Until 2019, I never placed the term “mental load” upon anything. Call it stress, exhaustion, blah blah blah…. call the whambulance (as Dave Ramsey would say). Recently, though, I saw a cartoon depicting a mom’s “mental load” and though, I’m obviously not a mom, nor even a parent, I almost head an audible cartoonish DING. Lightbulb moment. YES! I KNOW THIS FEELING! Certainly, the scenarios are totally different, and Yes, my view of mental load is different than the author intended. But it got me thinking.
Today was unique. I had a random Thursday off. Usually my weeks are stable around 40 hours, but the days can be long. With commute, every day is about 12 hours – give or take for the almost certain crashes all around Dallas on days that end in “y.” Today, is a great day, but I began thinking of a day when things didn’t quite go the way I planned
Several weeks ago, on a similar day off, I had a simple task: wake up, clean the apartment, schedule a body shop visit for the car (huge shout out to the uninsured motorist), figure out IRA contributions for 2018 taxes, read…. that’s all. That is literally it. But I had a meltdown. I couldn’t think straight. It was so bad I began to wonder if I needed to get my vitals checked. I was frozen to accomplishing anything. What was going on? Brain fog, stress, blood pressure? … why do I seem locked up?
I naturally have things I want to accomplish in a day – all of which are influenced by the things I have needed to do for days, or even weeks. At work I have tasks that must be done – my daily-non-negotiables. At home, the cooking, cleaning, and resting – these all must be done as well. Yes, resting is a non-negotiable in my opinion..and should remain a priority. I realized that when I feel the mental load creeping in, it’s because I’m allowing something outside my realm of control to influence my inner emotional stability. How to I combat this? Checklists? Nope.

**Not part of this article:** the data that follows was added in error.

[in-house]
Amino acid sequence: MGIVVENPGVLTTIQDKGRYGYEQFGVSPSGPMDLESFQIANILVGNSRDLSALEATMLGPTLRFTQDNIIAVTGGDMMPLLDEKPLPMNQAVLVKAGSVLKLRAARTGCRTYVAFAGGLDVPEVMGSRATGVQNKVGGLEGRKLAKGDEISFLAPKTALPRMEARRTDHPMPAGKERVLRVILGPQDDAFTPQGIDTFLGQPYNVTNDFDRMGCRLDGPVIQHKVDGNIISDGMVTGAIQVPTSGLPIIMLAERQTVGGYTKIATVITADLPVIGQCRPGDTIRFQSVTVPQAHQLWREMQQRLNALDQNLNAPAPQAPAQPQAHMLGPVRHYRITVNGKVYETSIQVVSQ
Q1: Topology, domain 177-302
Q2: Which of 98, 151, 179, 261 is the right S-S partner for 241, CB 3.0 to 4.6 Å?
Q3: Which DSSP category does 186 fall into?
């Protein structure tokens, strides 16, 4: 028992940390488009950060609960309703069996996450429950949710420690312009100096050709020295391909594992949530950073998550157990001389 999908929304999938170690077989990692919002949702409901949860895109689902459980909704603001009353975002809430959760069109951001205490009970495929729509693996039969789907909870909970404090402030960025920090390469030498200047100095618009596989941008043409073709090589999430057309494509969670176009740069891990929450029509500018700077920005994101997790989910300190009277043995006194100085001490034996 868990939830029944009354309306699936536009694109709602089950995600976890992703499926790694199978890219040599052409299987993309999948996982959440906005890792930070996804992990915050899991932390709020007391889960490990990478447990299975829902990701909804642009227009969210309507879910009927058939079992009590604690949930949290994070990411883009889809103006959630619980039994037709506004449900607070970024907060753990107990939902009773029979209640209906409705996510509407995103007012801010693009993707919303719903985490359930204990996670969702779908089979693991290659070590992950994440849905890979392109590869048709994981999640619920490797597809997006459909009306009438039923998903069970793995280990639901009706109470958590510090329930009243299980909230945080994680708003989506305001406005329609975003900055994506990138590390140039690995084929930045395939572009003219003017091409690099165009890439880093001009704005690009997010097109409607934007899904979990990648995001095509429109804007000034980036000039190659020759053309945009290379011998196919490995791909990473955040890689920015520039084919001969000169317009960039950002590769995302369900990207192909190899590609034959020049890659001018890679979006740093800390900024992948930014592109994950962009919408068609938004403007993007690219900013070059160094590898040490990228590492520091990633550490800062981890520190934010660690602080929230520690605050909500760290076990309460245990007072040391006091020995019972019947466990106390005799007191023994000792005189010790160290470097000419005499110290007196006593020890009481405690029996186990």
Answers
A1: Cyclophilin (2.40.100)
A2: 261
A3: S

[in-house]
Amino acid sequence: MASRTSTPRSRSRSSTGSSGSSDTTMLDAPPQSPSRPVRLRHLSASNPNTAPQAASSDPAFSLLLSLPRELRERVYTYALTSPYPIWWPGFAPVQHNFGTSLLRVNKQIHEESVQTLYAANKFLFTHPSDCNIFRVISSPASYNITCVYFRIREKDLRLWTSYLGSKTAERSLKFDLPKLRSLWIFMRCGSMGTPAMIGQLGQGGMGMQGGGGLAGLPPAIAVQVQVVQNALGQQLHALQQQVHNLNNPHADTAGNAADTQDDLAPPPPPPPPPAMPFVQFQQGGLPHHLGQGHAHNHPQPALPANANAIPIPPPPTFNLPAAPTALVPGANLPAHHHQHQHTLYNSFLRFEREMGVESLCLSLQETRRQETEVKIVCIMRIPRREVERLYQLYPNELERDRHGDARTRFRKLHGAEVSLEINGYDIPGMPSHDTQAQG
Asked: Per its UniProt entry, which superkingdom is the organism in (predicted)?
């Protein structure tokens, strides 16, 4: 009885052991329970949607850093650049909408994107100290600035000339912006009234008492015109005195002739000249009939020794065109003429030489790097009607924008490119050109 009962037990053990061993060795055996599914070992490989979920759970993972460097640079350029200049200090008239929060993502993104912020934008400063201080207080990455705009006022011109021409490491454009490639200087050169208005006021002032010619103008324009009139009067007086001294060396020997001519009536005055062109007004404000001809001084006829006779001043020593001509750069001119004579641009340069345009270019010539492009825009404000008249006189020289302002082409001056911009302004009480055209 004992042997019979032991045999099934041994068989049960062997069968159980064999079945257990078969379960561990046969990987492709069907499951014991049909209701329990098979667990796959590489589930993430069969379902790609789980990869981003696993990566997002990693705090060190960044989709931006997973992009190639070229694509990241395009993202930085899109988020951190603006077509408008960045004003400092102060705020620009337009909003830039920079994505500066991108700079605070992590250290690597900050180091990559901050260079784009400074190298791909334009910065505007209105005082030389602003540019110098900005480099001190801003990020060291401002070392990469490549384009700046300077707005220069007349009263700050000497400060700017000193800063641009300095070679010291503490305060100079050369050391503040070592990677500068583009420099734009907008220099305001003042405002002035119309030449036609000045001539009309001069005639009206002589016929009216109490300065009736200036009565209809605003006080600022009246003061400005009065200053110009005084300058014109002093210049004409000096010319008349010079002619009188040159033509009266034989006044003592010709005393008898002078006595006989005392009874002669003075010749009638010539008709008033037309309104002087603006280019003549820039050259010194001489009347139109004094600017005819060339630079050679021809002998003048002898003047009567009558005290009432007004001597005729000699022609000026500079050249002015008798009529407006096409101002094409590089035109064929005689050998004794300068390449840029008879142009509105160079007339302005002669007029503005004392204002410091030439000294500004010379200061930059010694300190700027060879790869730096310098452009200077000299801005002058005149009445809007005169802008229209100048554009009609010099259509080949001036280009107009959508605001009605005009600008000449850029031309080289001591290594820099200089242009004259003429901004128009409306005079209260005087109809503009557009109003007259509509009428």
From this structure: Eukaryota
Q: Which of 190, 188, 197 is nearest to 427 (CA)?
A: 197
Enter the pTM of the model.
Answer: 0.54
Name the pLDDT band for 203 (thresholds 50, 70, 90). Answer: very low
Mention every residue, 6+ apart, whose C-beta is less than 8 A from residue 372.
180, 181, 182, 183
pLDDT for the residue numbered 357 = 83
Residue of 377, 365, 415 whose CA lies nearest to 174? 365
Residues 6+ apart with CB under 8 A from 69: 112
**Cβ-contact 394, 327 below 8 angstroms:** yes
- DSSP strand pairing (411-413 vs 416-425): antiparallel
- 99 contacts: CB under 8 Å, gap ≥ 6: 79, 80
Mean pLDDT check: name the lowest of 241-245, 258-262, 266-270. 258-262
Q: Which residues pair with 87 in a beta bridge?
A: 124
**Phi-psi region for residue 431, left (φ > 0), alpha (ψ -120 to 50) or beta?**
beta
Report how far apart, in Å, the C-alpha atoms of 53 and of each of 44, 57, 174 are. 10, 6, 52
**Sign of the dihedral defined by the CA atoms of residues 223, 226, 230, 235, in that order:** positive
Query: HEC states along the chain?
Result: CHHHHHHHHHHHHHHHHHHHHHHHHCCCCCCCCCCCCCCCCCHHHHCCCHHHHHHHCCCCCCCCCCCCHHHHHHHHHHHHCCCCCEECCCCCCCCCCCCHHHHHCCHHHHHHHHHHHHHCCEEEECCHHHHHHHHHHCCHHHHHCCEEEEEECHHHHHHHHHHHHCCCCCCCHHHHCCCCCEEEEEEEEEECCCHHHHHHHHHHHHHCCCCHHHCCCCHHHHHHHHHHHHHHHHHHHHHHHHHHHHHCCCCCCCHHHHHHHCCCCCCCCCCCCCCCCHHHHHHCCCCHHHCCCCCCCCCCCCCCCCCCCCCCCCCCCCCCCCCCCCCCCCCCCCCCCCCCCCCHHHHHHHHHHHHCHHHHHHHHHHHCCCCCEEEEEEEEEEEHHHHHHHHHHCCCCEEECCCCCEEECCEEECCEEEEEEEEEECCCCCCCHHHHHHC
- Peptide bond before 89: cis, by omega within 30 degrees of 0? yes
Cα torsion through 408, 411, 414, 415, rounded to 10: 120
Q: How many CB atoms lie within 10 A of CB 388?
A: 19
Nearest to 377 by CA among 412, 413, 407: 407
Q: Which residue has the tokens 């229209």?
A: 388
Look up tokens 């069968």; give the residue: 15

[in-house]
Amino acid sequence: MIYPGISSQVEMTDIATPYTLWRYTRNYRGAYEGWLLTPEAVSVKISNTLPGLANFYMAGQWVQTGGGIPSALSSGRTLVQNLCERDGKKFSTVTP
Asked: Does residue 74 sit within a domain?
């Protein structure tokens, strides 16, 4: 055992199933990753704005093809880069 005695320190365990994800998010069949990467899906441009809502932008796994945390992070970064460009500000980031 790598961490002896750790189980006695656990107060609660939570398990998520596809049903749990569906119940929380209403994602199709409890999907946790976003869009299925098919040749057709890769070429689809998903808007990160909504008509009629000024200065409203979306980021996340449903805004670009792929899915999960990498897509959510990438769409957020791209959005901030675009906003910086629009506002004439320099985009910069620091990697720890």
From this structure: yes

I’ve even realized that checklists don’t help those moments of overwhelm. In my experience, a checklist isn’t a great basis for productivity, or even a reflection of productivity at the end of the day. In a perfect world, the most important items should be listed at the top of the said checklist, however, only those items that first came to mind when I was making the checklist actually became “important.” What about shutting down any “extra” activities in my life? Nope.
Let me tell you how that worked out. NOT WELL. I isolate. Become irritable and take that with me everywhere. If I don’t show up irritable to others, I’m just miserable inside. So, yeah, never mind. Don’t try that.
What I write next will seem nauseating – only because we hear the “pros” telling us this all the time. But I’ve found it to be true.
When I embrace a daily gratitude practice (even when I’m pissed) and seek after contentment with where I am today in work and life, only then does my production at work go up, happiness at home increase, and emotional stability remain balanced – day in and day out.
That’s my experience. Thanks for letting me share.